What Divorce Lawyers Know About NOT Breaking Up

We spoke to the experts (’cos they know what causes relationships to explode) and got some serious tips on making yours work...

Breaking up can get ugly. Like, dream-shattering, world-ending, give-me-back-my-engagement-ring kind of ugly. And divorce lawyers have listened to more sob stories than Oprah, so they understand what it is that makes some relationships soar and other nose-dive into disaster zone. We asked five such legal relationship experts, aka divorce lawyers, how to keep love from coming unstuck. And they even waived the legal fees!

Be more accepting of each other
“A lot of times people turn into someone they are not, just to please the other person. But this doesn’t work in the long run, and once the honeymoon phase is over, problems start to creep in. Just be yourself and don’t expect your partner to change. Be more accepting towards each other and don’t portray someone you’re not. Also, every time you have an argument, don’t drag out skeletons from the closet and try to pull the other person down. Instead, focus on addressing the particular issue at hand and resolve that.”
—Jasmine Damkewala, 31, practices law at the Supreme Court of India

Remind yourself that you’re part of a team
“Over a period of time, couples stop thinking about the other person’s interest and the arguments become less of a ‘we’ and more of an ‘I’. Don’t do that. At all points in your
relationship, remember that you’re in it together and not against each other. Do things that you enjoy doing together, as that will help you bond. And never stop communicating with each other because that leads to mistrust between people. I believe pre-litigation counselling is a must. A counsellor can help put things in perspective.”

—Mrunalini Deshmukh, is a well-known Mumbai-based lawyer who has worked with many celebrity couples

Pick your battles (but have them!)
“I’d be worried if I wasn’t arguing with my partner. I had a client who had been married for 35 years, but hadn’t spoken to her husband in 12 years! They lived separately within the same house and communicated via their adult children, who didn’t live with them anymore. If you get to the point that you don’t care enough to argue with your partner, it’s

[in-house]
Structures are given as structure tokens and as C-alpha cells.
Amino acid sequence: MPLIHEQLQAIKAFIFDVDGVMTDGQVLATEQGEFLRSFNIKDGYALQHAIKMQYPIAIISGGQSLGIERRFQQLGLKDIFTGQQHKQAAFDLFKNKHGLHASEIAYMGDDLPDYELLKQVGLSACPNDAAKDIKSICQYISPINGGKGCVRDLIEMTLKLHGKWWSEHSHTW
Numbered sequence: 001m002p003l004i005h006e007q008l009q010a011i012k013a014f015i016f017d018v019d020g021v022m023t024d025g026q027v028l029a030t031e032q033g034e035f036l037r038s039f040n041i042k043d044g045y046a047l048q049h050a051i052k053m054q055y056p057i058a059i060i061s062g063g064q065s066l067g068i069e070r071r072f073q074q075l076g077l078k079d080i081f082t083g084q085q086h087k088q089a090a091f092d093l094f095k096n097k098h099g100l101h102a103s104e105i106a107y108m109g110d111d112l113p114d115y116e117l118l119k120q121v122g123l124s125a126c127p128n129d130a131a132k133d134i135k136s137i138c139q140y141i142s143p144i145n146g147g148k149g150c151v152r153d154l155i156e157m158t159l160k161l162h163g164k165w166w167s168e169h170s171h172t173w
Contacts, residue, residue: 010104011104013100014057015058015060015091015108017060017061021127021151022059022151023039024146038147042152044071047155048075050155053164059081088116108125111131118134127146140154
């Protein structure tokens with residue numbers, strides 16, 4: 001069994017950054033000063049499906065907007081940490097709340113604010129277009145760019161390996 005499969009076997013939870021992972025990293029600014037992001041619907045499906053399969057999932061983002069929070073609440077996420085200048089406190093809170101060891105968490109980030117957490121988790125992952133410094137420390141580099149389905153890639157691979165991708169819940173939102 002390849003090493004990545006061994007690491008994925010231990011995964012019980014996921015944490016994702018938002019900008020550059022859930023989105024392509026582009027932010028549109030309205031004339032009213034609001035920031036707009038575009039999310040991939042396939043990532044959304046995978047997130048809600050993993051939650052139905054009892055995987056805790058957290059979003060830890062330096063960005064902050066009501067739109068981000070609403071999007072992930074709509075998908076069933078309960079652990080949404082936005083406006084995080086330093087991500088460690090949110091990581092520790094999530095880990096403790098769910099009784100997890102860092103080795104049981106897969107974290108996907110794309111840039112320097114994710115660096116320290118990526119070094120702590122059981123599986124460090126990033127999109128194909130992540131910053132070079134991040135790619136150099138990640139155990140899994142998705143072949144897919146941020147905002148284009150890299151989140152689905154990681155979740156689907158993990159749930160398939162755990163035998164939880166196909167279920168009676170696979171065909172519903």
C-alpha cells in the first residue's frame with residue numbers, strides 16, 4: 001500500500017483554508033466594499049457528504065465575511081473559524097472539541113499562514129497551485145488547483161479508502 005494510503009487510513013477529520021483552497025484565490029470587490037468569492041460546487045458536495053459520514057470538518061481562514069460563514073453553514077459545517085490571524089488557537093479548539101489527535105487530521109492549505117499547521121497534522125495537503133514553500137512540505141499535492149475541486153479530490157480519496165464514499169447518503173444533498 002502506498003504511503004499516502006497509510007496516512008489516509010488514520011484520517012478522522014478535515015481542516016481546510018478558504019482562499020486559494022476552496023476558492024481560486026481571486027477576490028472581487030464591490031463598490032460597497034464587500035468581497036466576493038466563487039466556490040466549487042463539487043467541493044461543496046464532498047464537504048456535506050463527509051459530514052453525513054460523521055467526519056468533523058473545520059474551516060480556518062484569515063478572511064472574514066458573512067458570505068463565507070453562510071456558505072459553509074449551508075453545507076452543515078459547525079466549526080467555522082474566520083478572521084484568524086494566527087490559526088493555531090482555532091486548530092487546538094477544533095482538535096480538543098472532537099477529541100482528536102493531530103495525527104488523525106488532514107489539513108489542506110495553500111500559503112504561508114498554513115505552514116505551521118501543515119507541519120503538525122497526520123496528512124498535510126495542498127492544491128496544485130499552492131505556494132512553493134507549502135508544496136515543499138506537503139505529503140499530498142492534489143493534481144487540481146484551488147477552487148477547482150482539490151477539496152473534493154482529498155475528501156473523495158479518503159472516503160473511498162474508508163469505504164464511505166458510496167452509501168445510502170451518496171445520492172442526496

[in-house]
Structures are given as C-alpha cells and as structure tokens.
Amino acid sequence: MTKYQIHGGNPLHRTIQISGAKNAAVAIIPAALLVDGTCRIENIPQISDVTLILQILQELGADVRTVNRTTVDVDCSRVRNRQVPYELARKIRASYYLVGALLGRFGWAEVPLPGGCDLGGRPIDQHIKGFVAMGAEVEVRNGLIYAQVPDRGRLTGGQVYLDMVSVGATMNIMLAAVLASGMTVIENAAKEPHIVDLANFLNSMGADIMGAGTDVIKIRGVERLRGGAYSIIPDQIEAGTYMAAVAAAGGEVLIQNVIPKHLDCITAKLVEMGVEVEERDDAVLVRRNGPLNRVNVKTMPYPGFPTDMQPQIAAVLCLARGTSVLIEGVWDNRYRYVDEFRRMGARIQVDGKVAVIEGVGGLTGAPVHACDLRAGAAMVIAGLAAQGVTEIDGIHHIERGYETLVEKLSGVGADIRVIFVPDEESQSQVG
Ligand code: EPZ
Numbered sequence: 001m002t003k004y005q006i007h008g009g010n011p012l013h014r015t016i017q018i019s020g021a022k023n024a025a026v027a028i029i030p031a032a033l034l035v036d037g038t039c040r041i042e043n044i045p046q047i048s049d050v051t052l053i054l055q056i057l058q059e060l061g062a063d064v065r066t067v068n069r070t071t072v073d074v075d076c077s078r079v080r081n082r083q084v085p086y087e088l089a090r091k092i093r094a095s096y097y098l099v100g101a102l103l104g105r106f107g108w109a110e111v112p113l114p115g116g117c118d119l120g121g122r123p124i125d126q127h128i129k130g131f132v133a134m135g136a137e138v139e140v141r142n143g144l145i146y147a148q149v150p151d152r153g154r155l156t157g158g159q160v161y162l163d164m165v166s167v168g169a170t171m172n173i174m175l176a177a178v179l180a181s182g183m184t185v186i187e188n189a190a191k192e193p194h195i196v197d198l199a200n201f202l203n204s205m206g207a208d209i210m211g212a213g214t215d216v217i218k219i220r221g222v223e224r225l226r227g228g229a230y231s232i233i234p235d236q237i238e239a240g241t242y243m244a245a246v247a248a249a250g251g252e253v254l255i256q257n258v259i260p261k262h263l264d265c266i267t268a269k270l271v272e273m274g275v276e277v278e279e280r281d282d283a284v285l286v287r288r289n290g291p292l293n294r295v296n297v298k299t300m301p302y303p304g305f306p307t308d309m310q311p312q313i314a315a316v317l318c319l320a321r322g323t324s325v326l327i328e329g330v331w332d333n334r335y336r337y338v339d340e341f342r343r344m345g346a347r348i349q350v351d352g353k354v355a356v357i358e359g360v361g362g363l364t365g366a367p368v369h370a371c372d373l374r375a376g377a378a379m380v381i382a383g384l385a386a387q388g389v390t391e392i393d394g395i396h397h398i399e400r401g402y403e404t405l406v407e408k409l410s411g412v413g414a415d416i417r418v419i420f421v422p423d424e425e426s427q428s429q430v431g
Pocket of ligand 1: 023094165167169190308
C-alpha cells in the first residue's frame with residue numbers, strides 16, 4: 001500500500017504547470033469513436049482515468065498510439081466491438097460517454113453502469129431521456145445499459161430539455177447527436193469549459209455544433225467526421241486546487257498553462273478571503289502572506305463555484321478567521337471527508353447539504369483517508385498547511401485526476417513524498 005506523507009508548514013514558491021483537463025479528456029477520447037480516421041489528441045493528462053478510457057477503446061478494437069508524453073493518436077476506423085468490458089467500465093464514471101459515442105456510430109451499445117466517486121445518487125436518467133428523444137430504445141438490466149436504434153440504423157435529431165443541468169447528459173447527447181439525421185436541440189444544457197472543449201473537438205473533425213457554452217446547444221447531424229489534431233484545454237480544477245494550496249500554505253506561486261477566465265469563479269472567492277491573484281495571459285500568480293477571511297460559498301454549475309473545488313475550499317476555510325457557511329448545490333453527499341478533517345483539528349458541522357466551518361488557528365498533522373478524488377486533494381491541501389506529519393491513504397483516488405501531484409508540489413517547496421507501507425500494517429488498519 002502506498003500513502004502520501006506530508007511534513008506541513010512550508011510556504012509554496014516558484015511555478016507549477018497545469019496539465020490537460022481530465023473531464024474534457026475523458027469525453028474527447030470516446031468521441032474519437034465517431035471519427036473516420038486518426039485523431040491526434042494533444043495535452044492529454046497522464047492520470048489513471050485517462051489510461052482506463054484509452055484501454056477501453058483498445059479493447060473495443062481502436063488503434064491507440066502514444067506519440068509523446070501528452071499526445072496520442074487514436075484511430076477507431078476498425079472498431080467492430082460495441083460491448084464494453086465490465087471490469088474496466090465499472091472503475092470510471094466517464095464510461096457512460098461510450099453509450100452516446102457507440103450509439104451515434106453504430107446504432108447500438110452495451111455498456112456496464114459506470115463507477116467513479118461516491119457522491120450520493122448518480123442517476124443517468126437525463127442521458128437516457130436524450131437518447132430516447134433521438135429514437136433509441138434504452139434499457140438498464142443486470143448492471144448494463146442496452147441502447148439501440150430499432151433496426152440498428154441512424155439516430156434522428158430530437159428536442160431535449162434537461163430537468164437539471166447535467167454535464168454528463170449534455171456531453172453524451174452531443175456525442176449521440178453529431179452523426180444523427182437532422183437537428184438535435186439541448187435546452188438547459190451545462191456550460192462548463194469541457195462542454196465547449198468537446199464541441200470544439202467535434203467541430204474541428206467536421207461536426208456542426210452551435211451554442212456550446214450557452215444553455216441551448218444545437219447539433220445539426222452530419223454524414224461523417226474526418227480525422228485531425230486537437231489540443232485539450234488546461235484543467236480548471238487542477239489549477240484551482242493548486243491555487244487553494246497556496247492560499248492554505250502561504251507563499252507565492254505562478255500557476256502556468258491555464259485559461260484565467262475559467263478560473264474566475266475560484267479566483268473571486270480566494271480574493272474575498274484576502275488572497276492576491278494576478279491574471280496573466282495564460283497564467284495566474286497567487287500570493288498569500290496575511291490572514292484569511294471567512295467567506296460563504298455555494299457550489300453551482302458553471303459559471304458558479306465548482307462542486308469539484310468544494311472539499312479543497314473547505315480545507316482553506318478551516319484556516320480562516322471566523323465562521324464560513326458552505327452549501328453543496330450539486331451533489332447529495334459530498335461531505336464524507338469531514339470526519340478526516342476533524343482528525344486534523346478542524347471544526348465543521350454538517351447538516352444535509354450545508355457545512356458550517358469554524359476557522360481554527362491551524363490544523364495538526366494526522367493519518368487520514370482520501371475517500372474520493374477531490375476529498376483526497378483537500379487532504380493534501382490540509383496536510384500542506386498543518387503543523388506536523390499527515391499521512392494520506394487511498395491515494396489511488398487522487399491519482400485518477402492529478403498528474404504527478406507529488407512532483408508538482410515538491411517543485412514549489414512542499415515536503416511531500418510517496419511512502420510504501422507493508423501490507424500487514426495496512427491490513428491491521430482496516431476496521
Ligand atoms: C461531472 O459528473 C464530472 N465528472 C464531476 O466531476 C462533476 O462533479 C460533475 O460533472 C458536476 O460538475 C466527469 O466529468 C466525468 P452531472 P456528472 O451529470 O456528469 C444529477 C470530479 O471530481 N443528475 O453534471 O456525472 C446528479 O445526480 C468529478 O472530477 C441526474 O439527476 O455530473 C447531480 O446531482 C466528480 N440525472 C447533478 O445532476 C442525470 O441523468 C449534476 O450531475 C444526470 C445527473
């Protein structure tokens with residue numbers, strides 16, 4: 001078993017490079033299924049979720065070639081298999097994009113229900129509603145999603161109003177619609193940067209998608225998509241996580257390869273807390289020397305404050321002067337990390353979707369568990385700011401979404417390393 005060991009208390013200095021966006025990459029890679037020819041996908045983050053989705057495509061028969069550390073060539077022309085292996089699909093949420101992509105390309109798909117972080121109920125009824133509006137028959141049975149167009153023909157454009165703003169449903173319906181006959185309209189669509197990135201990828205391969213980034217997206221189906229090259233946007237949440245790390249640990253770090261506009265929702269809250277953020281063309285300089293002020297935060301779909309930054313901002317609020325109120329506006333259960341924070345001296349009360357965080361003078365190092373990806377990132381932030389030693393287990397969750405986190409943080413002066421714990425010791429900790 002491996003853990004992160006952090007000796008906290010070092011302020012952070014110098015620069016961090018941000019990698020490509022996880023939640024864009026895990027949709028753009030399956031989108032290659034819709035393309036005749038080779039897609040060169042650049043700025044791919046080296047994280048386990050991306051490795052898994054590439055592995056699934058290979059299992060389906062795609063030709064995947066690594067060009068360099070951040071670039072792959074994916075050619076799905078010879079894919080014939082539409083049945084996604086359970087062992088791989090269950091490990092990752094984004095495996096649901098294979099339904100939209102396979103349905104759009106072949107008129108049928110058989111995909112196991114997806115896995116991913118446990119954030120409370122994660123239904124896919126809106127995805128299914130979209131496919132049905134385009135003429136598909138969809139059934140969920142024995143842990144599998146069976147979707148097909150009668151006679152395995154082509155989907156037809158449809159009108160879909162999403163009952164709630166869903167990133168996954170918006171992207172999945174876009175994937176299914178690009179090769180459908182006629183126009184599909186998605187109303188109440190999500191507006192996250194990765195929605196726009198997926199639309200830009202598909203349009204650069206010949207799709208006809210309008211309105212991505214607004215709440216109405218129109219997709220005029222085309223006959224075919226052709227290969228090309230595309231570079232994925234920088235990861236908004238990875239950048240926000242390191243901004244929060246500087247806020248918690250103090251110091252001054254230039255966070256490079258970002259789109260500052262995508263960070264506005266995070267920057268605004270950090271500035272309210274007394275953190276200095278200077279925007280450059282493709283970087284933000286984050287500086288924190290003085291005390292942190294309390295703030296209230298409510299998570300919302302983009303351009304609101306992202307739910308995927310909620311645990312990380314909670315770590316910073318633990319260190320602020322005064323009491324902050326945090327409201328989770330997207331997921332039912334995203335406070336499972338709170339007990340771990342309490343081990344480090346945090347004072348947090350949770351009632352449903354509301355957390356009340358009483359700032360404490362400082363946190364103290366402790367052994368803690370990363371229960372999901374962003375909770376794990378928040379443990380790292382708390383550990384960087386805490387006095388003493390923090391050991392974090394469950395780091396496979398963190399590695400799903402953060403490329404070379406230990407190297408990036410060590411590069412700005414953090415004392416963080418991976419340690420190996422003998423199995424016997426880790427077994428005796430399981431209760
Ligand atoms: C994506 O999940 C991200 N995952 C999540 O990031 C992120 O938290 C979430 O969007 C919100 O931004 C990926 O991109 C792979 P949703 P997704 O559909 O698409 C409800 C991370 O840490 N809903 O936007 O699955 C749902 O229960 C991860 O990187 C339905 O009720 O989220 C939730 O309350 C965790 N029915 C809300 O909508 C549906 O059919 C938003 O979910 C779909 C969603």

bad. If you’re just ignoring each other, there’s nothing left to fight for.”
—Samantha, 32, is a principal solicitor at Greater West Family Lawyers, Australia

Never compare your relationship

“A lot of newlyweds end up in a divorce court because they constantly compare their relationship to their parents’. That’s a bad idea. While it’s great to be close to your parents, running to them for every little argument is not ideal. Couples should aim at sorting out their issues themselves, and not involve their parents at every stage. I’ve seen so many couples who think that having an elaborate wedding is enough for them to stay together forever, but that’s just the beginning. Relationships are complex, and they
need nurturing. Instead of a huge wedding, focus on having a better marriage. And get to know each other well before you decide to get married.”
—Sheila Jayaprakash, is an advocate at the High Court of India

Be honest (MOSTLY)
“I think a few little white lies are important for the well-being of a relationship. Like, if you don’t want to go to the movies, sometimes you just have to anyway. Couples do need to fight sometimes, and arguing is very healthy for any relationship, but you can’t argue about every single little thing that ticks you off. Be honest with your partner, because if
something is important to you, it’s bound to become a long-term issue if you don’t address it." —Tiana, 31, is a partner at Rossi Simicic Lawyers, Australia